Cuban-American cooking show star Miriam Quinones-Smith becomes a seasoned sleuth in Raquel Reyes’s Caribbean Kitchen Mystery debut, a savory treat for fans of Joanne Fluke and Jenn McKinlay.
Food anthropologist Miriam Quinones-Smith’s move from New York to Coral Shores, Miami, is traumatic enough without having to deal with her son’s toddler tantrums and her husband’s midlife crisis. Her best friend, Alma, adds some spice back into Miriam’s life when she offers her a job as an on-air cooking expert on a Spanish-language morning TV show. But when the newly minted star attends a Women’s Club luncheon, a socialite sitting at her table suddenly falls face-first into the chicken salad, never to nibble again.
When a second woman dies soon after, suspicions coalesce around a controversial Cuban herbalist, Dr. Fuentes–especially after the morning show’s host collapses while interviewing him. But then, Detective Pullman learns that the socialite’s death resulted from a drug overdose–and an anonymous tip fingers Alma as the pusher.
Pullman persuades Miriam to ply her culinary know-how and her understanding of Coral Shores’s Caribbean culture to help find the killer and clear Alma’s name. While her hubby dallies with his ex-girlfriend, Juliet, Miriam quizzes her neighbors for answers and researches all manner of herbs.
As the ingredients to the deadly scheme begin blending together, Miriam is on the verge of learning how and why the women died. But her snooping may turn out to be a recipe for her own murder.
“Holding onto a grudge is like holding onto an anchor and jumping into the sea.”
Now that an inspiring quote has made an appearance, let’s begin!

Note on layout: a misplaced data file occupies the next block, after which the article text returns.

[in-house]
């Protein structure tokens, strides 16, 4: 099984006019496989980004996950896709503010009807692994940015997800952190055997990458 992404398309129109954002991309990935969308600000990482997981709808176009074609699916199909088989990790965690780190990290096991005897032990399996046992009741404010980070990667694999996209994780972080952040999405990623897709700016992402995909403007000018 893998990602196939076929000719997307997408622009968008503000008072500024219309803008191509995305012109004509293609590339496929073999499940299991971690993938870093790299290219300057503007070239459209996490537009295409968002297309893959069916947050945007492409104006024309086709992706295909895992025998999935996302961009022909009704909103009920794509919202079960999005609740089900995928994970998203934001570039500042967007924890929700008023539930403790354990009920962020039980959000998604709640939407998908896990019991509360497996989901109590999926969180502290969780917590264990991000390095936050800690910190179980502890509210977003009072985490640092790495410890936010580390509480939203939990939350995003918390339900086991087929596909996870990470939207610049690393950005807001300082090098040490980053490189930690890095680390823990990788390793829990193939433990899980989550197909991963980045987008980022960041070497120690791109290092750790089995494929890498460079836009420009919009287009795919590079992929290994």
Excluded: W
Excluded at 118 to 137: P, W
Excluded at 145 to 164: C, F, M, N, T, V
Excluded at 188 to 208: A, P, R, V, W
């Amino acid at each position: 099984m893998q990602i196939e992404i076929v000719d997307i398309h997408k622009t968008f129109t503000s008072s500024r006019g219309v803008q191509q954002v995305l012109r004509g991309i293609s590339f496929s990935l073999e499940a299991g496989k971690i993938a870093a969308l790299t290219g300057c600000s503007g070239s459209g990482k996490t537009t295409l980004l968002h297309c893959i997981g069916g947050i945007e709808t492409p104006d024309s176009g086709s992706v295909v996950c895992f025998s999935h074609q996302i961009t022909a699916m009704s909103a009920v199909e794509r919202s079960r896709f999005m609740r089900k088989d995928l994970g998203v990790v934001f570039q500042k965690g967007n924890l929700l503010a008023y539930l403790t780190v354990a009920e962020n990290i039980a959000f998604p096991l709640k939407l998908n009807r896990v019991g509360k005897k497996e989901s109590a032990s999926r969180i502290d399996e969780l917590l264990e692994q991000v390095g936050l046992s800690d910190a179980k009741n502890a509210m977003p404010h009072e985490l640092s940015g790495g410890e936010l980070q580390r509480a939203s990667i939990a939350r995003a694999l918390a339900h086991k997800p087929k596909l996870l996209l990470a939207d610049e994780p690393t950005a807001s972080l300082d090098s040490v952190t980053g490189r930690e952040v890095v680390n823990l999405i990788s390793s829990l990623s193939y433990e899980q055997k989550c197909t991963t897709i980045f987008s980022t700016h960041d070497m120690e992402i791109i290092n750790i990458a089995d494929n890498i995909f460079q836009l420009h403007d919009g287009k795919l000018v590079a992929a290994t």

What I liked/loved:
- Characters! I feel like authors don’t get enough credit for creating NEGATIVE characters./ antagonists. There were a few of those in this book that made my blood boil. (Which translates to Raquel doing a fantastic job in bringing them to life!) Since I have mentioned the antagonist, I cannot take the spotlight away from the MC.
Miriam. She was a likable character and her affection for her family and best friend seemed genuine. I admired her self-control when experiencing racism.
Manny. What a delight!!! Are toddlers really like that? (My guess is going to be no, haha.)
Robert. Being in an interracial marriage, it was admirable how he welcomed her culture and they worked together. I was rooting for them throughout!
So many amazing characters, I wonder how book 2 would go about it!
- Writing style. Despite being around 300+ pages, I was able to finish the book within a day. Written in the first person past tense, the author was able to capture my attention with her engaging plotline and dialogues. I cannot stress how much I LOVED being introduced to the Caribbean culture. It’s so beautiful. The food, history, and family structure.
- Bilingual aspects. Mainly written in English, it included a few Spanish dialogues and words. It made it feel more authentic even when there were a few instances where I found myself trying to translate the words, haha.
- Recipes at the end? Hell yes! That was such an added bonus! I am very keen on the papaya smoothie.
What could’ve been better?
- Miriam and Detective Frank Pullman’s relationship. It lacked authenticity once she had turned into an informant.
- I was hoping someone else was the “killer” though there was a good amount of information and research involved to create a good distraction. While it was expected, sort of, I wasn’t bored reading through Miriam’s thought process or the events that occurred in her life.
It took about three minutes of turning the water off and on, flushing the toilet and opening and closing the hall bathroom door to stir Manny.
Okay, not necessarily an issue, my personal opinion on here. Why was she doing this? Her husband was an environmentalist! And I thought she was too. When these lines popped up, I WAS SHOCKED! Why Miriam, whyyyyyyyyyyyyyyyyyyyyy?!
Overall, I loved the book! Can’t wait to read more from the author!
Meet the author!
Raquel V. Reyes writes stories with Latina characters. Her Cuban-American heritage, Miami, and the Caribbean feature prominently in her work. Raquel is a co-chair for SleuthFest. Her short story “A Star Goes Dark” is in the 15th Malice Domestic anthology.